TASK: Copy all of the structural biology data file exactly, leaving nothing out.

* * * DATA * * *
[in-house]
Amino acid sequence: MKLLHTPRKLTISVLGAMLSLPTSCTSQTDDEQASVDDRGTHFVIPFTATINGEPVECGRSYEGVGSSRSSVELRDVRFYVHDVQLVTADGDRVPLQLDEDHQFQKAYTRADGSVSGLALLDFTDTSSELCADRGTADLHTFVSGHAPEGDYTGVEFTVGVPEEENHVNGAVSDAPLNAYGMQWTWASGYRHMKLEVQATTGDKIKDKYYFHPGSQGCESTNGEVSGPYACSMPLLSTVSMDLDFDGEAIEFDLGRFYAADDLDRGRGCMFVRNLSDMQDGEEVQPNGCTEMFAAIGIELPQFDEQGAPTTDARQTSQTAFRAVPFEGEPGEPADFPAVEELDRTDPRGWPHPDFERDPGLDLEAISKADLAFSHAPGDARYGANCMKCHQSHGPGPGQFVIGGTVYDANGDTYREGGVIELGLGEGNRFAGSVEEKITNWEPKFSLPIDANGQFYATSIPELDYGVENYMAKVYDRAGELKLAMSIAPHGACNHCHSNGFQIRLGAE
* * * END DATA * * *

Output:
[in-house]
Amino acid sequence: MKLLHTPRKLTISVLGAMLSLPTSCTSQTDDEQASVDDRGTHFVIPFTATINGEPVECGRSYEGVGSSRSSVELRDVRFYVHDVQLVTADGDRVPLQLDEDHQFQKAYTRADGSVSGLALLDFTDTSSELCADRGTADLHTFVSGHAPEGDYTGVEFTVGVPEEENHVNGAVSDAPLNAYGMQWTWASGYRHMKLEVQATTGDKIKDKYYFHPGSQGCESTNGEVSGPYACSMPLLSTVSMDLDFDGEAIEFDLGRFYAADDLDRGRGCMFVRNLSDMQDGEEVQPNGCTEMFAAIGIELPQFDEQGAPTTDARQTSQTAFRAVPFEGEPGEPADFPAVEELDRTDPRGWPHPDFERDPGLDLEAISKADLAFSHAPGDARYGANCMKCHQSHGPGPGQFVIGGTVYDANGDTYREGGVIELGLGEGNRFAGSVEEKITNWEPKFSLPIDANGQFYATSIPELDYGVENYMAKVYDRAGELKLAMSIAPHGACNHCHSNGFQIRLGAE